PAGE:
Few things strike fear into the hearts and minds of job seekers more than employment background checks. Whether you have bad credit, have accumulated a fair share of speeding tickets, or have a felony on your record, chances are you’ve at least wondered if the check will unearth something that stands between you and the job of your dreams. While the background inquiry has become a pivotal point in the hiring process, many job hunters have endless misperceptions about what a background check is and what it reveals.
Here are four myths about employment background checks that you can forget. As an employer, this clarification can help you choose the right screening program for your company. As an employee, it can help provide comfort knowing what you’re up against.
Myth: All employment background checks are created equal.
There are Fair Credit Reporting Act (FCRA) guidelines in place that every background screening agency should follow, theoretically leading to the same standards used across companies. However, there is no single database loaded with all criminal information and different companies go digging with different zeal. Whether you are an employer or a potential employee, if a service offers a deal that seems too good to be true, it probably is. Approaching a background check haphazardly can lead to erroneous information, a false sense of comfort, a poor hire or even a lawsuit.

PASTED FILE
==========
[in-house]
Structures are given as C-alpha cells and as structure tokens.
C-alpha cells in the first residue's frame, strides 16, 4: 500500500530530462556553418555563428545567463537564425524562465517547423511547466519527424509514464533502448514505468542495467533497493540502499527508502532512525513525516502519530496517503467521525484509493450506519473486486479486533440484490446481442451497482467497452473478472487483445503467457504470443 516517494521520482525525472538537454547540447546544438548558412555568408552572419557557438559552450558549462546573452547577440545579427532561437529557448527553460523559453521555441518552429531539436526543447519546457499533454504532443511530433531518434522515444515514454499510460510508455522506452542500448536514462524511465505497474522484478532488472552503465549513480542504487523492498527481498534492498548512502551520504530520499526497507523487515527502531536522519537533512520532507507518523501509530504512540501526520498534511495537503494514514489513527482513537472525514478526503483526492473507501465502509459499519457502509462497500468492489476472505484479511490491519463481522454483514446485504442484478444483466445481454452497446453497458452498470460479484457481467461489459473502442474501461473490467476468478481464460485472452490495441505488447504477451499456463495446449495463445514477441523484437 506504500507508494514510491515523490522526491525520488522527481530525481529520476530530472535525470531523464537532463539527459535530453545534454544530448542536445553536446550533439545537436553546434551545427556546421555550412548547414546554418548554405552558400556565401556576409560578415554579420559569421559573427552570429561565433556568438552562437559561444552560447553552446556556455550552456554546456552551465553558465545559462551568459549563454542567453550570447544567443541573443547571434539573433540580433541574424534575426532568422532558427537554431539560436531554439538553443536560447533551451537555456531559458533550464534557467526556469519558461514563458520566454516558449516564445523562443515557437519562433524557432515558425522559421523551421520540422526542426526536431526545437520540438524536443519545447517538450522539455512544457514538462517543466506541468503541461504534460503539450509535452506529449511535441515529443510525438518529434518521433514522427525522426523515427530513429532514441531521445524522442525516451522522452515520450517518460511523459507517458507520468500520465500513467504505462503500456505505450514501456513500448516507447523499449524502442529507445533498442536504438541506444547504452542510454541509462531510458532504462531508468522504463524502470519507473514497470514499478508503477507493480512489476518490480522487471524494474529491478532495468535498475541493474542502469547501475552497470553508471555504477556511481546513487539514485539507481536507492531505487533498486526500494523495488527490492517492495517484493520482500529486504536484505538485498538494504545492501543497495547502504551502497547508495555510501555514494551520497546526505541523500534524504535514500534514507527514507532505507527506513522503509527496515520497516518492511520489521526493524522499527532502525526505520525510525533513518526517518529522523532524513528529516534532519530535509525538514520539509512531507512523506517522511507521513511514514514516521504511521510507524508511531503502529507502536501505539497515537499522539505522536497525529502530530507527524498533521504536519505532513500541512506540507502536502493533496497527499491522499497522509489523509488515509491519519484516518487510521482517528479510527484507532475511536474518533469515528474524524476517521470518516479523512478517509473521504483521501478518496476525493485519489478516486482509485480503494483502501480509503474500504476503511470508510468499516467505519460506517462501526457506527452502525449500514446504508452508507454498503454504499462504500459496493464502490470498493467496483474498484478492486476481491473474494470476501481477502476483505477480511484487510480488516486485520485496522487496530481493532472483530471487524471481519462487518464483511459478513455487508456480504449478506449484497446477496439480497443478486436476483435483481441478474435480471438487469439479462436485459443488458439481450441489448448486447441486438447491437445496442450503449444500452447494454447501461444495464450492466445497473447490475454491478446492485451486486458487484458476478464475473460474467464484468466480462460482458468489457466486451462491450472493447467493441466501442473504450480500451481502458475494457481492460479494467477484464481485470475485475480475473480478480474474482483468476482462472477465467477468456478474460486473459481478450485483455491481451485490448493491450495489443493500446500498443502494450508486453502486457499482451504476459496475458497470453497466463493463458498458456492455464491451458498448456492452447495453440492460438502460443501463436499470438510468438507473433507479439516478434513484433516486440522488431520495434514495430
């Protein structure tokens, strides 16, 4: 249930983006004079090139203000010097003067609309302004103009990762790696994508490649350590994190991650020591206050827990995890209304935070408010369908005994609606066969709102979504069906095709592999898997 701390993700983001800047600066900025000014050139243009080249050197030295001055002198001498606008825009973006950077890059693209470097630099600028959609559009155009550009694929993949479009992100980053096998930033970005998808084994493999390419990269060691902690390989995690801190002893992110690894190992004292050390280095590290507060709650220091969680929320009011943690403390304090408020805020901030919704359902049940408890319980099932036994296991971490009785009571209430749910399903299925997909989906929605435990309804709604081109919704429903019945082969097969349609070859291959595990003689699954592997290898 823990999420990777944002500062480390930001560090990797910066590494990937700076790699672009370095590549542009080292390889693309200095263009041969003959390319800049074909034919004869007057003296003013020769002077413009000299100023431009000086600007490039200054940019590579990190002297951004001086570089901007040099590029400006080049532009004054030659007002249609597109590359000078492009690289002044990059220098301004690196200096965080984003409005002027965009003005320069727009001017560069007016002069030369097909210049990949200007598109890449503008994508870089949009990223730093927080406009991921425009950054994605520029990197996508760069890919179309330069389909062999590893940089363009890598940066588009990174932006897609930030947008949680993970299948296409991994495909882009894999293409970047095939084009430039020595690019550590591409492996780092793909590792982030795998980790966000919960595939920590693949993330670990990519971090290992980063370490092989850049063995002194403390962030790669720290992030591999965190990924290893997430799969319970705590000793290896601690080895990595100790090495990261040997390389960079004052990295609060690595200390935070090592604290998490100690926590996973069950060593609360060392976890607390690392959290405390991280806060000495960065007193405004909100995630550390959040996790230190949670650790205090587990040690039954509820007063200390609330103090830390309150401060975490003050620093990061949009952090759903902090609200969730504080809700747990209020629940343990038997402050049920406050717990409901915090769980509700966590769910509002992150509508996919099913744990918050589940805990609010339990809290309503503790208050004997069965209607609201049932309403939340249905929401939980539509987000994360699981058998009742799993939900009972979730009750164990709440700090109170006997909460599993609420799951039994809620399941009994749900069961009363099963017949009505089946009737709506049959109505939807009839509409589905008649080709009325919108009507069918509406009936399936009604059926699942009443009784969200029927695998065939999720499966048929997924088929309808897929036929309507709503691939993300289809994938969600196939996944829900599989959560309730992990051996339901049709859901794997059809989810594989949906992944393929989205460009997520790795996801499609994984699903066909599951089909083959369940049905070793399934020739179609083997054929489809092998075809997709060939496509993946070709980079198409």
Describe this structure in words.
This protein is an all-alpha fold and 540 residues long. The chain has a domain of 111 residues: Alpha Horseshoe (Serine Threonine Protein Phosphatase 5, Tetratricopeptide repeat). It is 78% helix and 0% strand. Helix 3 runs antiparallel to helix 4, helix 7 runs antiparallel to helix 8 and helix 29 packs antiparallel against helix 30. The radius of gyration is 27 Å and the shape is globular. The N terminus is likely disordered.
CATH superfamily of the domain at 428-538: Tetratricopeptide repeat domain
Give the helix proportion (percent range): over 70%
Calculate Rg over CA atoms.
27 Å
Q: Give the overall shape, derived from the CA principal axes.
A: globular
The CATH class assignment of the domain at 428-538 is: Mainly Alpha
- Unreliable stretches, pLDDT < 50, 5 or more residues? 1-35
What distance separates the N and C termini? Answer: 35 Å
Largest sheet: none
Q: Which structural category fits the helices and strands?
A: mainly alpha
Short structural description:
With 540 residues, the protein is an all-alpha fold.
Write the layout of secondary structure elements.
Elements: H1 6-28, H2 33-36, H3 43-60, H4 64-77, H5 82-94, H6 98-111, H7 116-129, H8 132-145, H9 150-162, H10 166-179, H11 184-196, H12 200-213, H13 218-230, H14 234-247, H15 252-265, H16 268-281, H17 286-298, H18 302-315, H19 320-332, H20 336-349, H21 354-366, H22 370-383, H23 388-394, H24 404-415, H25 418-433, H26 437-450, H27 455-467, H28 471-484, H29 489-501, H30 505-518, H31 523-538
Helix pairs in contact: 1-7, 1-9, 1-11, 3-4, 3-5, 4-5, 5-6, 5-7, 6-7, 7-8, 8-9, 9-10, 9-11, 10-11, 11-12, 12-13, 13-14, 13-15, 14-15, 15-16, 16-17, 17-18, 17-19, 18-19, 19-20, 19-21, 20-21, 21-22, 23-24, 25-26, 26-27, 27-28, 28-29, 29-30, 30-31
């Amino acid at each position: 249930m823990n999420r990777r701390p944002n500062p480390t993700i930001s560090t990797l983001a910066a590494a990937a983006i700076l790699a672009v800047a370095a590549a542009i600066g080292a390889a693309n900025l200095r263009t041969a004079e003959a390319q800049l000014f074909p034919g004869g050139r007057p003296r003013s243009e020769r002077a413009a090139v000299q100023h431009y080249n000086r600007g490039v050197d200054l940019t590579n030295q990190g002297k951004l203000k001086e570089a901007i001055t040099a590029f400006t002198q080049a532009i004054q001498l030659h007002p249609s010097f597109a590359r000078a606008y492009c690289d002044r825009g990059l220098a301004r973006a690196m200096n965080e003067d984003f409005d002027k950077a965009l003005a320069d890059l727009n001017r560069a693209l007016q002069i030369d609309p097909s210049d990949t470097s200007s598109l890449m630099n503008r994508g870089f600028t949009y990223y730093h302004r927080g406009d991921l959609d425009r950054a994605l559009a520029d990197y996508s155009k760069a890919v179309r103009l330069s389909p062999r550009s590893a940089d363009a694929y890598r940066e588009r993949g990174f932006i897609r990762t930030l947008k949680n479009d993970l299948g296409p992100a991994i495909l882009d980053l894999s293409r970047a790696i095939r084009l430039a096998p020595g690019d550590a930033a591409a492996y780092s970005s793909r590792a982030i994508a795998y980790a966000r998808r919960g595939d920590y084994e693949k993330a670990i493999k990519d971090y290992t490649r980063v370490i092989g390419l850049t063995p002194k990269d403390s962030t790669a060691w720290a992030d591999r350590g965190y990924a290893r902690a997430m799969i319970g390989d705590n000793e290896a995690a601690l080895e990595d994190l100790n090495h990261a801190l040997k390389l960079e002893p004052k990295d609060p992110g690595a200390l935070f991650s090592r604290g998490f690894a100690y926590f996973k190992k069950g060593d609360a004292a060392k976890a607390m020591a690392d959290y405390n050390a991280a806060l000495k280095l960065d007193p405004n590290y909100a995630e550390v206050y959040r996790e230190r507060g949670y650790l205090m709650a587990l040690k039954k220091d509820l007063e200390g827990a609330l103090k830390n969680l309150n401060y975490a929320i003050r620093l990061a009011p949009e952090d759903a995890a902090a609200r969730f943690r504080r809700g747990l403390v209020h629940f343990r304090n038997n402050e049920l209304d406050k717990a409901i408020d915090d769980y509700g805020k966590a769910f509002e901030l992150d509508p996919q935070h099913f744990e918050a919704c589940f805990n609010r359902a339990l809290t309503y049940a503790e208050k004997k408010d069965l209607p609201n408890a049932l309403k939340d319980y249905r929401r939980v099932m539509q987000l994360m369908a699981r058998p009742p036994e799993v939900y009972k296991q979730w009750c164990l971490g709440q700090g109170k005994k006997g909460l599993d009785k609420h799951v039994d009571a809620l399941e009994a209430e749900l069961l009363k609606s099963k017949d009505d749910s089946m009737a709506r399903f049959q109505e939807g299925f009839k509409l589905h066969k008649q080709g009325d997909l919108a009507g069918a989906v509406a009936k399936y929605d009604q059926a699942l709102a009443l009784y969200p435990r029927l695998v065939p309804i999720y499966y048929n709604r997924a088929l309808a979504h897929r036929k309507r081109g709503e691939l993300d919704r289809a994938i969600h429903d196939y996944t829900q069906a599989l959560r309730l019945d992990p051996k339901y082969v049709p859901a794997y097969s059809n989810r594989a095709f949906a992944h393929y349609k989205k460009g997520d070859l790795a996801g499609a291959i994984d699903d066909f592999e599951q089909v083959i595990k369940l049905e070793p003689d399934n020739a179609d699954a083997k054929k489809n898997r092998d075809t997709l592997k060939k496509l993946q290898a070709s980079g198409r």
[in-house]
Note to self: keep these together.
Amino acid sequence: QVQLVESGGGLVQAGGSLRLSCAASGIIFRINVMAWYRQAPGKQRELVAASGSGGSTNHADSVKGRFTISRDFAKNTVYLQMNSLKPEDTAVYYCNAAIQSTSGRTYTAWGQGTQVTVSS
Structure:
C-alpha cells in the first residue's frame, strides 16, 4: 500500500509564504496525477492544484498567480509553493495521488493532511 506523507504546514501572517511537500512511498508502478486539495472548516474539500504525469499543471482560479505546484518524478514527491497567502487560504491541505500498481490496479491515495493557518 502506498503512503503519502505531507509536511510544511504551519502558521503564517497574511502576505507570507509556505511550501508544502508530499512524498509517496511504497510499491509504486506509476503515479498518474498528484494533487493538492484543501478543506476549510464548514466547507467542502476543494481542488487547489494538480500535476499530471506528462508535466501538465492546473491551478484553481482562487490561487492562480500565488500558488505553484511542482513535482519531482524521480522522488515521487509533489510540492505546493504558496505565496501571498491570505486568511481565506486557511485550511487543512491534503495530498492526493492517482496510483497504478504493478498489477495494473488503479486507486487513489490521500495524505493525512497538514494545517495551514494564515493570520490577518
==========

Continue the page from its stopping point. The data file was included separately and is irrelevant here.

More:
Myth: Employment background checks only look for criminal charges.
Different employers seek different information. Expect to face greater scrutiny if you’re handling money or security; responsible for the care of people who are elderly, disabled or children; or enforcing the law. Some employers examine military records, bankruptcy proceedings, driving records, sex offender lists and drug test results.
Myth: Employers can’t look at social media profiles.
Although the Equal Employment Opportunity Commission discourages making hiring decisions on the basis of social media background checks, such digging isn’t illegal as of 2016. Most employers use these resources to look for profane comments, inappropriate photos or anything else that would put the company’s reputation at risk.
Myth: Employers are trying to find a reason not to hire you.
By the time a background check is underway, the odds are that the employer wants to hire you. Employers usually use this step as the last one prior to an official hire.
If you want a comprehensive background check completed, please contact Screening Intelligence. From pre-employment background checks to tenant screening, they are here to help.
Disclaimer Statement: All information presented is never intended as legal advice and is for information purposes only.
Thanks for posting this! It’s a great resource for anyone concerned about going through a background check. I definitely think there’s going to be a lot of controversy around social media background checks going forward, and I am personally unsure of the ethics around those searches. Thanks again for the great blog!